Examples? Just think of how the Commission interpreted Delimitis in Scholler and Langnese-Iglo (Valentine Korah, in her unique style, wrote at the time – mid-1990s – that Delimitis appeared ‘not to have been read’).

More examples? The Court emphasised, from the outset, that ‘competition’ for the purposes of Articles 101 and 102 TFEU means ‘competition that would have existed in the absence of the practice’. However, the Commission failed to consider the counterfactual in several landmark decisions that were annulled as a result.

In fact, if you read ISU, you will identify several controversial statements in this regard. For instance, the Commission asserts that the members of the International Skating Union – that is, the national associations – are potential competitors. However, this remarkable statement is not substantiated – as if the lessons from European Night Services, CISAC or E.On Ruhrgas (‘real, concrete possibilities’) had not been learnt.

Conclusions?

What do we make of the failure to incorporate some of the crucial insights from Cartes Bancaires? It is neither good nor bad. It is a reality and a feature of the EU competition law system we have to acknowledge and with which we have to live.

We have acquired sufficient experience over the years to know that the Commission is likely to behave in this way – across provisions and over the years. I would say that, first and foremost, it is useful for the authority to be aware of this reality, so as to anticipate when and why administrative decisions are more likely to be annulled.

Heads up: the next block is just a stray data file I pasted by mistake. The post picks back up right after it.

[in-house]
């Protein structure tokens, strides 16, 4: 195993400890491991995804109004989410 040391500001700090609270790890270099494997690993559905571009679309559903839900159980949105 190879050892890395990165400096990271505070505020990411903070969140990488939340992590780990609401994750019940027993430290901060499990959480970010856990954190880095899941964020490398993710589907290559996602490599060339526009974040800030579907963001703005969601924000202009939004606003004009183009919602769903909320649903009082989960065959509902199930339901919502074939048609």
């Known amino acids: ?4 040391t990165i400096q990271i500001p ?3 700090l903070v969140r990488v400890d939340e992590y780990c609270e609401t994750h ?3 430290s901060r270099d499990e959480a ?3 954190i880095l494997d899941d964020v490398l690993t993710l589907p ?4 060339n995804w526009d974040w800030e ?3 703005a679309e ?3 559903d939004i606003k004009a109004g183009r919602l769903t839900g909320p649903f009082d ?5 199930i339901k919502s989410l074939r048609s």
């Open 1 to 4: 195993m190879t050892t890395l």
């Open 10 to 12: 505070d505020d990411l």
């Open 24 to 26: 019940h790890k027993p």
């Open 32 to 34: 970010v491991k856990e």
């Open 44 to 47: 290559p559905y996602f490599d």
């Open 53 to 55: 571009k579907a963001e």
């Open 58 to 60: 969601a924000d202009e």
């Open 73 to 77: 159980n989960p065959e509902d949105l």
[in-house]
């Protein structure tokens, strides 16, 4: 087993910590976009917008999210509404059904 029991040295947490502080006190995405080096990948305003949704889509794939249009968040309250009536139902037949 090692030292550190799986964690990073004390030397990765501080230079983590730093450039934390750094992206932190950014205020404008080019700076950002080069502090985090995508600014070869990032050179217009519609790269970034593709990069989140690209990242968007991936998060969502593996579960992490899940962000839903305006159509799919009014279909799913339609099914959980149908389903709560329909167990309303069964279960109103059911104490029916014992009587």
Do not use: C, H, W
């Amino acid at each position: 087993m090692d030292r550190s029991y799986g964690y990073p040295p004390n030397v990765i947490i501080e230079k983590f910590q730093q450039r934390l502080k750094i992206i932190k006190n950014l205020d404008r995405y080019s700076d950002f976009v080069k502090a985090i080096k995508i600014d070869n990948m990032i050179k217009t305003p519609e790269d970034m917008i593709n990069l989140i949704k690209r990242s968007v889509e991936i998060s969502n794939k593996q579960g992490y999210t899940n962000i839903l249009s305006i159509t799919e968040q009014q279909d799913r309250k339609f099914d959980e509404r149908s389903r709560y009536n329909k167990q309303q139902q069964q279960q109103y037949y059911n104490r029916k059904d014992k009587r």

Written by Pablo Ibanez Colomo

4 April 2018 at 9:53 pm

Posted in Uncategorized

2 Responses

Subscribe to comments with RSS.

  1. I still have to carefully read the decision (promise I’ll do), but It seems to me that the Commission’s position is that restrictive agreements that would be legitimate if applied to certain situations only, but are in fact disproportionately broad in their wording and intended application (so as to completely preclude competition regardless of the legitimate purposes which would justify the restriction), should be characterized as by object restrictions. In other words, any time the anti-competitiveness of the agreement under Article 101 is a matter of “degree” or “proportionality” of the restriction with respect to a certain legitimate purpose, the Commission takes the stance that the restriction nonetheless falls within the “by object” box if the disproportionate nature of the agreement emerges prima facie from the wording and intended application by the interested parties (you can also see this in Pierre Fabre and, by contrary, in Coty). Indeed, one can argue that in such a case there is no need to look into the actual effects produced on the relevant market by the application of the agreement, since it is already clear from the wording and/or declared intention of application of the agreement that it is in abstract capable (or even likely) to produce a sufficiently serious degree of harm to competition.